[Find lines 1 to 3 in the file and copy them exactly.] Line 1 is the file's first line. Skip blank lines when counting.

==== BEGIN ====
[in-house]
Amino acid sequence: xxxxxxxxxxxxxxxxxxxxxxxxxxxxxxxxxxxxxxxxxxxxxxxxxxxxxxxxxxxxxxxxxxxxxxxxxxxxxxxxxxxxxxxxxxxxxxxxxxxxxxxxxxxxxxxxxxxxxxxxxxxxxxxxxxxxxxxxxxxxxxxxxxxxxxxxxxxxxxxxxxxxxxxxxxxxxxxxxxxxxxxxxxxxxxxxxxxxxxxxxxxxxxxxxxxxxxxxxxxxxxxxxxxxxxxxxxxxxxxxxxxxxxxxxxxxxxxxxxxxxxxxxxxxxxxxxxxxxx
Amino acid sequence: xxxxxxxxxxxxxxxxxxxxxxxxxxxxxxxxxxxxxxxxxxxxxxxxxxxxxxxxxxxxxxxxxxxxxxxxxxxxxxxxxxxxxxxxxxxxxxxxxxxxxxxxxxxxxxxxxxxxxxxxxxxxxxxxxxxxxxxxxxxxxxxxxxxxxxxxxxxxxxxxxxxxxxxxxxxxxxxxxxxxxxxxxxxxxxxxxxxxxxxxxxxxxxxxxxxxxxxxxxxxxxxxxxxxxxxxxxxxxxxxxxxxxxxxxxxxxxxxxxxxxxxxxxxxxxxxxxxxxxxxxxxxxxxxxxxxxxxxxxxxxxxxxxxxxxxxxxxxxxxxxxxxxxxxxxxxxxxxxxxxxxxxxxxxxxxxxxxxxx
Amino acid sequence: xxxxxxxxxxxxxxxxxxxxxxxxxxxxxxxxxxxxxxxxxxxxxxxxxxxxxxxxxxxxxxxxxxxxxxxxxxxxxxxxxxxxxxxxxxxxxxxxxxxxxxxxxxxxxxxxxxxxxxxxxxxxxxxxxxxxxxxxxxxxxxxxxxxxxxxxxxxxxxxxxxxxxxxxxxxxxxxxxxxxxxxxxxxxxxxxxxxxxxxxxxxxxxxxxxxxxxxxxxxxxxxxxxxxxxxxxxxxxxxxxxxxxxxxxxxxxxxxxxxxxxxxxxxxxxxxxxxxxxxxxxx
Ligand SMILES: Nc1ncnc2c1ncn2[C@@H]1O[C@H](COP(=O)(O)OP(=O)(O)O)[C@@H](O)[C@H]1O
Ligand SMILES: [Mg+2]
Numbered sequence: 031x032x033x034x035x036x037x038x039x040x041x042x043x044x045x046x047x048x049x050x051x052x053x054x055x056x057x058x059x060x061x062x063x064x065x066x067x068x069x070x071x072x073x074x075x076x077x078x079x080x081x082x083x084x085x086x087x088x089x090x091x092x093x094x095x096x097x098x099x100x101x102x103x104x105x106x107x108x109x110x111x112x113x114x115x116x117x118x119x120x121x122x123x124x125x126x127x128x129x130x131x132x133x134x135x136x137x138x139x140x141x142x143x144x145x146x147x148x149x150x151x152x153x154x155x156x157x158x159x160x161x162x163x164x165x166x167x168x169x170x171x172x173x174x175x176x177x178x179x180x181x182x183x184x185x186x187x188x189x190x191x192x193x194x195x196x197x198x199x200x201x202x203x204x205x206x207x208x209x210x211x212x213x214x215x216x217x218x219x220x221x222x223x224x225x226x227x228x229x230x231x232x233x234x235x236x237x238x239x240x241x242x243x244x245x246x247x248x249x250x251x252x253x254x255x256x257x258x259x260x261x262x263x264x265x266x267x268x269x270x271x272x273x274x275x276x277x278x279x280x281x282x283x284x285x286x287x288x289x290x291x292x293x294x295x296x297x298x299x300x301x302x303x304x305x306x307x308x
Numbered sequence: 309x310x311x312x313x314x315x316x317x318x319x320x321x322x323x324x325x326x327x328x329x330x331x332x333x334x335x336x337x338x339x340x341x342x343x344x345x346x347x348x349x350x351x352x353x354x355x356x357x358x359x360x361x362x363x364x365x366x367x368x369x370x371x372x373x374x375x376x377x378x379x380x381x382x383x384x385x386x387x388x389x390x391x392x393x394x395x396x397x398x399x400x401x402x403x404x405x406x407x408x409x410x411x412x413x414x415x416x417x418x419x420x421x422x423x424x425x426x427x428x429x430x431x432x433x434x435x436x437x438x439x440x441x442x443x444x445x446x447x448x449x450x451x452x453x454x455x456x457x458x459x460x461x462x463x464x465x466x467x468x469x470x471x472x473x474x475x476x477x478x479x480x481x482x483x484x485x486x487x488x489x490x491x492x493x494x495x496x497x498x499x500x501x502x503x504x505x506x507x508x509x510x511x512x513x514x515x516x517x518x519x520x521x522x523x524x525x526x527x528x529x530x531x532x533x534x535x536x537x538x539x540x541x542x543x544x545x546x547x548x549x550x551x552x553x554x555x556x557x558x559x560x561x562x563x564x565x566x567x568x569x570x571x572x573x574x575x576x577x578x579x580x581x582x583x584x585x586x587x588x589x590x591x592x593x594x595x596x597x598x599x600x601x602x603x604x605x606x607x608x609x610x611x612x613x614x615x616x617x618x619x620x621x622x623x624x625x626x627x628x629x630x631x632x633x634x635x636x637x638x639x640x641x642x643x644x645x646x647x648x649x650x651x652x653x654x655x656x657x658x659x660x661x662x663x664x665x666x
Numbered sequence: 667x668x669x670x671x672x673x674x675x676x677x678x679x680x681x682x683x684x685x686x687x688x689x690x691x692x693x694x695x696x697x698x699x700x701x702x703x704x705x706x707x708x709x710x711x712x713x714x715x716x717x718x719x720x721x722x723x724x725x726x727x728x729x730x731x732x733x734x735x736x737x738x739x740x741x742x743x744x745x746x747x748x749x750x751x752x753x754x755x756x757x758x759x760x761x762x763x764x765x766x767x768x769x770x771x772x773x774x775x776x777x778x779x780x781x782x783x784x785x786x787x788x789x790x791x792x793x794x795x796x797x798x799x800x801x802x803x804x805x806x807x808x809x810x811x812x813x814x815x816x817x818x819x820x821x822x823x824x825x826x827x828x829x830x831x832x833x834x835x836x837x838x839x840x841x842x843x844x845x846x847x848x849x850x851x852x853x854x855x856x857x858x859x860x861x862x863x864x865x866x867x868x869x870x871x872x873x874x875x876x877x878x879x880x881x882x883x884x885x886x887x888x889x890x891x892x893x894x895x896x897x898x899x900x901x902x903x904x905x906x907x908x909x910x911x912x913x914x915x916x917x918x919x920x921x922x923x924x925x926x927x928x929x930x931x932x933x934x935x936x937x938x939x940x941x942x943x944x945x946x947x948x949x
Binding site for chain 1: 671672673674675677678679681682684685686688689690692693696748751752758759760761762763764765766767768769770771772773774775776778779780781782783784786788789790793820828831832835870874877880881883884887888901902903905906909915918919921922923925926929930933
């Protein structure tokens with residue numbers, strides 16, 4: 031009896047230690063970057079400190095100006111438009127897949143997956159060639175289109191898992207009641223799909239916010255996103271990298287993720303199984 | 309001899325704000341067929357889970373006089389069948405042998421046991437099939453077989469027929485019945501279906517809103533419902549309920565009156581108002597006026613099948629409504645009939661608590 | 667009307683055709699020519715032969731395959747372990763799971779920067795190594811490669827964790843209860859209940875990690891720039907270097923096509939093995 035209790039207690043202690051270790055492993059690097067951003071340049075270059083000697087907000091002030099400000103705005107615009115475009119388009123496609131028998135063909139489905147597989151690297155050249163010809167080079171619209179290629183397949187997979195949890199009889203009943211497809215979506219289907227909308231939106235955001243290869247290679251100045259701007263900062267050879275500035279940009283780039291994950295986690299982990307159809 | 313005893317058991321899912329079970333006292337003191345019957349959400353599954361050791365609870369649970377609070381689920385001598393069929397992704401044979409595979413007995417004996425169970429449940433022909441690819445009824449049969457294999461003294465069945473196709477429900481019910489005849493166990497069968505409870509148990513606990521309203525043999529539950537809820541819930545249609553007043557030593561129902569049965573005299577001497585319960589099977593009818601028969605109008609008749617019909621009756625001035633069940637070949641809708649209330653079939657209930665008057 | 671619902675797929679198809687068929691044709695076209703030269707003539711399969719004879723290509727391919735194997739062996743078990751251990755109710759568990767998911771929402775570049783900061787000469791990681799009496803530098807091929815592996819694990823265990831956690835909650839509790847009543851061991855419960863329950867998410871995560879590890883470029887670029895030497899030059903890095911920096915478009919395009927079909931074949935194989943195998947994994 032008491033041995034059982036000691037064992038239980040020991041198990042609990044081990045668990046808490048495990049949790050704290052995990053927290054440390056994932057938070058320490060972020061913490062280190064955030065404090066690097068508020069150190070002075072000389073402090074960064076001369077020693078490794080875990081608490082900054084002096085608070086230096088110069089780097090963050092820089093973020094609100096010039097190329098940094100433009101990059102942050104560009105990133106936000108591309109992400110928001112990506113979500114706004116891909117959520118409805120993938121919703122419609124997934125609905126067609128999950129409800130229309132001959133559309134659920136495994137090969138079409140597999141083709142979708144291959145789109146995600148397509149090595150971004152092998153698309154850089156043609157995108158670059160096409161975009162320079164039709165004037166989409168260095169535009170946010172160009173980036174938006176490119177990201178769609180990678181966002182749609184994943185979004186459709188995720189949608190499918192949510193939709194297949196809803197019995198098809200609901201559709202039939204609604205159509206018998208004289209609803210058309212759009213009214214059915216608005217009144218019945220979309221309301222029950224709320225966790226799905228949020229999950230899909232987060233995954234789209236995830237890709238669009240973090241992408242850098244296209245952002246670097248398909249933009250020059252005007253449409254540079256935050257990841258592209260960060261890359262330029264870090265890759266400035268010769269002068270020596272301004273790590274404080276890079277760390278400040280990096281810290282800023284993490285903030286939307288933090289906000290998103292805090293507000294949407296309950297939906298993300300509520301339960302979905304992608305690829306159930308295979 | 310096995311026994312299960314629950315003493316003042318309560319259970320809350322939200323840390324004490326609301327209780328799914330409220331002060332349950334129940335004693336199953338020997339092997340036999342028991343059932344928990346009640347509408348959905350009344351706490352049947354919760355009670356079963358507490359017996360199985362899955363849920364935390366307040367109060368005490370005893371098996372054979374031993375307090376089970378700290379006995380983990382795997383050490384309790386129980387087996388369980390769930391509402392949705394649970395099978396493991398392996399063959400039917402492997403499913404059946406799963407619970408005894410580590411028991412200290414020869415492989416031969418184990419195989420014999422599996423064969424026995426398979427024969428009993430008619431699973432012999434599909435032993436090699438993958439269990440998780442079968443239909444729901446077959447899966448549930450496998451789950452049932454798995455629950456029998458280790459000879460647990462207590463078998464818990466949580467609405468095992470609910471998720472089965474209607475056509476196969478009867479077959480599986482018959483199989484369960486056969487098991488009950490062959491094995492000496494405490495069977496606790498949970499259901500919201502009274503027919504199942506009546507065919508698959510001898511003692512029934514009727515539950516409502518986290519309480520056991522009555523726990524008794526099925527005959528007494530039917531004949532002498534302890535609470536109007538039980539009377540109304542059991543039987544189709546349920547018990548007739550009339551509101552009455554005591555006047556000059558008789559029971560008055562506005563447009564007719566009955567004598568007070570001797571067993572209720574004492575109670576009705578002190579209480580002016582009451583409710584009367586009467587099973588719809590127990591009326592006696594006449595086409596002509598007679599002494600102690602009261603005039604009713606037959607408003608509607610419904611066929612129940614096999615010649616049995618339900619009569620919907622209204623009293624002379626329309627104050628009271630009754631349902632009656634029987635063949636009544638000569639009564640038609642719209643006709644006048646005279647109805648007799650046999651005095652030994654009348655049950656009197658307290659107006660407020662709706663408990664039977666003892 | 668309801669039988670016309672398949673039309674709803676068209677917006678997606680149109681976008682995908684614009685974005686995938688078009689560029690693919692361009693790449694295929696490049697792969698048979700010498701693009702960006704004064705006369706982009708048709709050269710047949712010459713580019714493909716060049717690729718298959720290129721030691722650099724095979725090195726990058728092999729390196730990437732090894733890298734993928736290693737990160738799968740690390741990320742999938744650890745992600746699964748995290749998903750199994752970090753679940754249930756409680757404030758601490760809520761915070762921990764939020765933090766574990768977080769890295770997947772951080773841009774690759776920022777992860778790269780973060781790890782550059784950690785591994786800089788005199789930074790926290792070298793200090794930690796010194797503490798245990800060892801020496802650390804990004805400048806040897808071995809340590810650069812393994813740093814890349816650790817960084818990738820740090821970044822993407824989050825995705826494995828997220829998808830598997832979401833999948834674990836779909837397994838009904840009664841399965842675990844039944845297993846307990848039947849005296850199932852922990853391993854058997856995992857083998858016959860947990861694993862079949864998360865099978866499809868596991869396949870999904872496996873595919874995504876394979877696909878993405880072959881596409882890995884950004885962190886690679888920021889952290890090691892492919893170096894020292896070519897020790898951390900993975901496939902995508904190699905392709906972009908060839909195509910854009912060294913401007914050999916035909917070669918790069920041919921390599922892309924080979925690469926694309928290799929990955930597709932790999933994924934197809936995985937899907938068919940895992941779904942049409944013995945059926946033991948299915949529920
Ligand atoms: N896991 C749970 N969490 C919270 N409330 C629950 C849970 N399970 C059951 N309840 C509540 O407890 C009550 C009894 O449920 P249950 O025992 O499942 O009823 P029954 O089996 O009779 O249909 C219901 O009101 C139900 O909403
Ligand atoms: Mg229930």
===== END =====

[in-house]
Amino acid sequence: xxxxxxxxxxxxxxxxxxxxxxxxxxxxxxxxxxxxxxxxxxxxxxxxxxxxxxxxxxxxxxxxxxxxxxxxxxxxxxxxxxxxxxxxxxxxxxxxxxxxxxxxxxxxxxxxxxxxxxxxxxxxxxxxxxxxxxxxxxxxxxxxxxxxxxxxxxxxxxxxxxxxxxxxxxxxxxxxxxxxxxxxxxxxxxxxxxxxxxxxxxxxxxxxxxxxxxxxxxxxxxxxxxxxxxxxxxxxxxxxxxxxxxxxxxxxxxxxxxxxxxxxxxxxxxxxxxxxxx
Amino acid sequence: xxxxxxxxxxxxxxxxxxxxxxxxxxxxxxxxxxxxxxxxxxxxxxxxxxxxxxxxxxxxxxxxxxxxxxxxxxxxxxxxxxxxxxxxxxxxxxxxxxxxxxxxxxxxxxxxxxxxxxxxxxxxxxxxxxxxxxxxxxxxxxxxxxxxxxxxxxxxxxxxxxxxxxxxxxxxxxxxxxxxxxxxxxxxxxxxxxxxxxxxxxxxxxxxxxxxxxxxxxxxxxxxxxxxxxxxxxxxxxxxxxxxxxxxxxxxxxxxxxxxxxxxxxxxxxxxxxxxxxxxxxxxxxxxxxxxxxxxxxxxxxxxxxxxxxxxxxxxxxxxxxxxxxxxxxxxxxxxxxxxxxxxxxxxxxxxxxxxxx